The bulbous onion and its numerous relatives belong to the Lily family. Some of these alliums are distinctly ornamental; a few others, notably garlic, leek, Welsh onion, and chive, are common vegetables. All of the edible forms have related flavors and odors that are due principally to a volatile, irritating substance.
Our word "onion" comes from the Middle English union, from the French oignon, which came in turn from the Latin unio, meaning "onion." Ancient names for this plant in Sanskrit, Hebrew, Greek, and Latin are apparently unrelated, indicating a widespread culture of onions from prehistoric times.
The common onion (Allium cepa), leek, and garlic originated in middle Asia, with secondary centers of development and distribution in western Asia and the Mediterranean lands. The Welsh onion is believed to be of Chinese origin. The word "Welsh" here is a translation of the German 'walsch', both meaning "foreign," and does not refer specifically to Wales but to the distant origins of the plant.
Onions were used extensively by the ancient Egyptians, as shown by drawings and inscriptions on their monuments. The Bible states how, during the wanderings of the Israelites in the wilderness, they longed for the onions, leeks, and garlic they had had in Egypt.
In the first century, many varieties of onion were known: long, round, red, yellow, white, strong, and mild kinds. For a time in the Middle Ages, it appears that the onion was less popular than leek and garlic, while now the reverse is true.
The onion was introduced by the Spanish into the West Indies soon after their discovery. From there it soon spread to all parts of the Americas. Onions were grown by the earliest colonists and soon afterward by the Indians.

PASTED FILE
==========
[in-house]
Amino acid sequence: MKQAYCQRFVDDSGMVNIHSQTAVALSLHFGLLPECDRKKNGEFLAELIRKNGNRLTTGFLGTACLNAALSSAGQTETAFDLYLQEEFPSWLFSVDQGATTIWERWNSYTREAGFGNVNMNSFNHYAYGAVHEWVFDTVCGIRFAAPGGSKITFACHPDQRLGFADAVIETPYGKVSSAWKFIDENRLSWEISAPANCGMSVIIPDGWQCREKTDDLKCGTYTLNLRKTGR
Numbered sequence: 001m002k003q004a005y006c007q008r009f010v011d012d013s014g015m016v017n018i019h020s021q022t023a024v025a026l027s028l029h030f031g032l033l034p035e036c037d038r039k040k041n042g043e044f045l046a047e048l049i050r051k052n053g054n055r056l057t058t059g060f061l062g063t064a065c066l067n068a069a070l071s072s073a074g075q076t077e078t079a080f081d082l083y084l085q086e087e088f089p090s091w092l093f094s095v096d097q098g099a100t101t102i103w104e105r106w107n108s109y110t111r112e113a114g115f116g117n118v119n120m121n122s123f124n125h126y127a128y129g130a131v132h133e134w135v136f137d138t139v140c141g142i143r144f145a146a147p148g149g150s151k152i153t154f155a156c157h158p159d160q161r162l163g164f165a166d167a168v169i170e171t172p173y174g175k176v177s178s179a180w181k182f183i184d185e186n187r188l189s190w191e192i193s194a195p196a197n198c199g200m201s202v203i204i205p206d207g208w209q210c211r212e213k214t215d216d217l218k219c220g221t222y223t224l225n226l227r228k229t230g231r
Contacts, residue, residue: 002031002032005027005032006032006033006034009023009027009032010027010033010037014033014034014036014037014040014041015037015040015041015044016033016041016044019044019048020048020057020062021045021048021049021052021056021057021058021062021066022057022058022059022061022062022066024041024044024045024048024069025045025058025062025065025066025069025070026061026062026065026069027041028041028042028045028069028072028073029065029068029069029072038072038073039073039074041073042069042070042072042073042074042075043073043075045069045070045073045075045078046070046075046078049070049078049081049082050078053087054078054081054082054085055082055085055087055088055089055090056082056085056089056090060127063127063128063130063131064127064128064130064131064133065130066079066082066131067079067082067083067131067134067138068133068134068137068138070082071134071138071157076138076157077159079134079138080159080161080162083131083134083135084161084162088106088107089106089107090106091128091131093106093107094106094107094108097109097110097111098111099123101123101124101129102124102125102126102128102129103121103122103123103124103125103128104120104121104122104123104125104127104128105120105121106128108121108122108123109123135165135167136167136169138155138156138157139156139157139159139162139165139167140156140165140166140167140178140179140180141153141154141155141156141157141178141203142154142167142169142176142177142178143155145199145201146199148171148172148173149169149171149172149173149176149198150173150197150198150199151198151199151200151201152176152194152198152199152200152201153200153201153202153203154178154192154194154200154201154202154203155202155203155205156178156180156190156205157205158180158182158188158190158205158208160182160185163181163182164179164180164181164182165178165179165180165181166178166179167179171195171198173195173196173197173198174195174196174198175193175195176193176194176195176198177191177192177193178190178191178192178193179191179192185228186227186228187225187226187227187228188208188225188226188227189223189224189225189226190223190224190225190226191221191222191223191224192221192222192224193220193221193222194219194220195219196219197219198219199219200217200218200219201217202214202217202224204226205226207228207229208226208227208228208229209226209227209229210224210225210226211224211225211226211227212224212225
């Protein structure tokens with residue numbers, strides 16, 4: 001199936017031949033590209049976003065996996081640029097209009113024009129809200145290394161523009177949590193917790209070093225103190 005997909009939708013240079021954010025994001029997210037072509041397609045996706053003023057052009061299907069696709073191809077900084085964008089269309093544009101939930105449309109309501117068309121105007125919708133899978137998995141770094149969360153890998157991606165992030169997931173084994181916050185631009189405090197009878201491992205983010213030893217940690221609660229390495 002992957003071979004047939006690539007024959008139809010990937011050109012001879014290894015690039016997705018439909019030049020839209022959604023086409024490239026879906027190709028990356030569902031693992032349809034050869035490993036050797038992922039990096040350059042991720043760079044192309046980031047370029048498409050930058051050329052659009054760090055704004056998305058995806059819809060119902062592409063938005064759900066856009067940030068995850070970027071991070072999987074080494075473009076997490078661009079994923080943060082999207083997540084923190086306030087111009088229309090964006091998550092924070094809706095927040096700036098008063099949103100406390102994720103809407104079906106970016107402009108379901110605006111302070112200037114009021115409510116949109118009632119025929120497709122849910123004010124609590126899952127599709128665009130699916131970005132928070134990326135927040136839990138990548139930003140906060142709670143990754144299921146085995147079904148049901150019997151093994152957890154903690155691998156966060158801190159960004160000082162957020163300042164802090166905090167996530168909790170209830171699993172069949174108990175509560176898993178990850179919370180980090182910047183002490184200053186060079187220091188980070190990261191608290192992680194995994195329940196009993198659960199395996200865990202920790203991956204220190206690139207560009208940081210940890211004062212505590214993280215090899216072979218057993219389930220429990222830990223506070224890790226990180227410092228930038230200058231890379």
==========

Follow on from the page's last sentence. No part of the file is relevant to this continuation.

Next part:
The Welsh onion (A. fistulosum) never forms a rounded bulb-only one to several long white scallions. This form is most popular in the Orient but is grown almost everywhere. In Japan, it is often incorrectly called "Japanese leek."
One form of onion, the so-called Egyptian tree onion, or top onion, produces "sets" (tiny bulbs) at the top of the stalk instead of flowers and seeds.
The leek (A. porrum), like the Welsh onion, forms only a cylindrical instead of a rounded bulb. The leaf of the leek, however, is flattened and solid, while the leaf of the onion is cylindrical and hollow.
Our word "leek" comes from the Anglo-Saxon leac. The Romans called it porrum, that term is retained in its present Latin name. It has been used for food since prehistoric times.
In the first century, the Romans considered that the best leeks came from Egypt, where they had been known in the earliest Biblical times. Emperor Nero is reported to have been nicknamed Porrophagus because of his inordinate appetite for leeks. He imagined that frequent eating of leeks improved his voice!